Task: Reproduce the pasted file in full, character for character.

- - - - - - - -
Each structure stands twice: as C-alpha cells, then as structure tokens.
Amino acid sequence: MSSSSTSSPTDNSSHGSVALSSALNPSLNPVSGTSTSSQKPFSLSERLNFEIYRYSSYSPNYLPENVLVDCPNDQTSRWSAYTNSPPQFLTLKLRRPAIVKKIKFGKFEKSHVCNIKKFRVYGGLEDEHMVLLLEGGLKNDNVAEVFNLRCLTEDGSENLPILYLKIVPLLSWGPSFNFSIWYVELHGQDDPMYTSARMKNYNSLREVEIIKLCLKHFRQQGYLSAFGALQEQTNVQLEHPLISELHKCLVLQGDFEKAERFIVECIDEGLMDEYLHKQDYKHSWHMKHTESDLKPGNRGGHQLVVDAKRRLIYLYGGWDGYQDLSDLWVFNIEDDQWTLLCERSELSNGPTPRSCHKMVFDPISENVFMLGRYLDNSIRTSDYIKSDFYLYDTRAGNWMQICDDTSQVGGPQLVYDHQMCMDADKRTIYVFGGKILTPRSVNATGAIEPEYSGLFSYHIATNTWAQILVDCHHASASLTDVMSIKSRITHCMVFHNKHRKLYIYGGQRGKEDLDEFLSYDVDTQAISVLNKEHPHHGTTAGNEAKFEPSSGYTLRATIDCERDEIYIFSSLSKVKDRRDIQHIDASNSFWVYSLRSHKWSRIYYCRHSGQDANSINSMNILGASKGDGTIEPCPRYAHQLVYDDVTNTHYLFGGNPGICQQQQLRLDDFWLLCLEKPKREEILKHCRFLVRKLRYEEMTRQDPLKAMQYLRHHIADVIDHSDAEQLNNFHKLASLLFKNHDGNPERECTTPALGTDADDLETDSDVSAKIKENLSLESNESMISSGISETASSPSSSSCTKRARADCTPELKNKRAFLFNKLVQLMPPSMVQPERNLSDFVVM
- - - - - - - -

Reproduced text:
Each structure stands twice: as C-alpha cells, then as structure tokens.
Amino acid sequence: MSSSSTSSPTDNSSHGSVALSSALNPSLNPVSGTSTSSQKPFSLSERLNFEIYRYSSYSPNYLPENVLVDCPNDQTSRWSAYTNSPPQFLTLKLRRPAIVKKIKFGKFEKSHVCNIKKFRVYGGLEDEHMVLLLEGGLKNDNVAEVFNLRCLTEDGSENLPILYLKIVPLLSWGPSFNFSIWYVELHGQDDPMYTSARMKNYNSLREVEIIKLCLKHFRQQGYLSAFGALQEQTNVQLEHPLISELHKCLVLQGDFEKAERFIVECIDEGLMDEYLHKQDYKHSWHMKHTESDLKPGNRGGHQLVVDAKRRLIYLYGGWDGYQDLSDLWVFNIEDDQWTLLCERSELSNGPTPRSCHKMVFDPISENVFMLGRYLDNSIRTSDYIKSDFYLYDTRAGNWMQICDDTSQVGGPQLVYDHQMCMDADKRTIYVFGGKILTPRSVNATGAIEPEYSGLFSYHIATNTWAQILVDCHHASASLTDVMSIKSRITHCMVFHNKHRKLYIYGGQRGKEDLDEFLSYDVDTQAISVLNKEHPHHGTTAGNEAKFEPSSGYTLRATIDCERDEIYIFSSLSKVKDRRDIQHIDASNSFWVYSLRSHKWSRIYYCRHSGQDANSINSMNILGASKGDGTIEPCPRYAHQLVYDDVTNTHYLFGGNPGICQQQQLRLDDFWLLCLEKPKREEILKHCRFLVRKLRYEEMTRQDPLKAMQYLRHHIADVIDHSDAEQLNNFHKLASLLFKNHDGNPERECTTPALGTDADDLETDSDVSAKIKENLSLESNESMISSGISETASSPSSSSCTKRARADCTPELKNKRAFLFNKLVQLMPPSMVQPERNLSDFVVM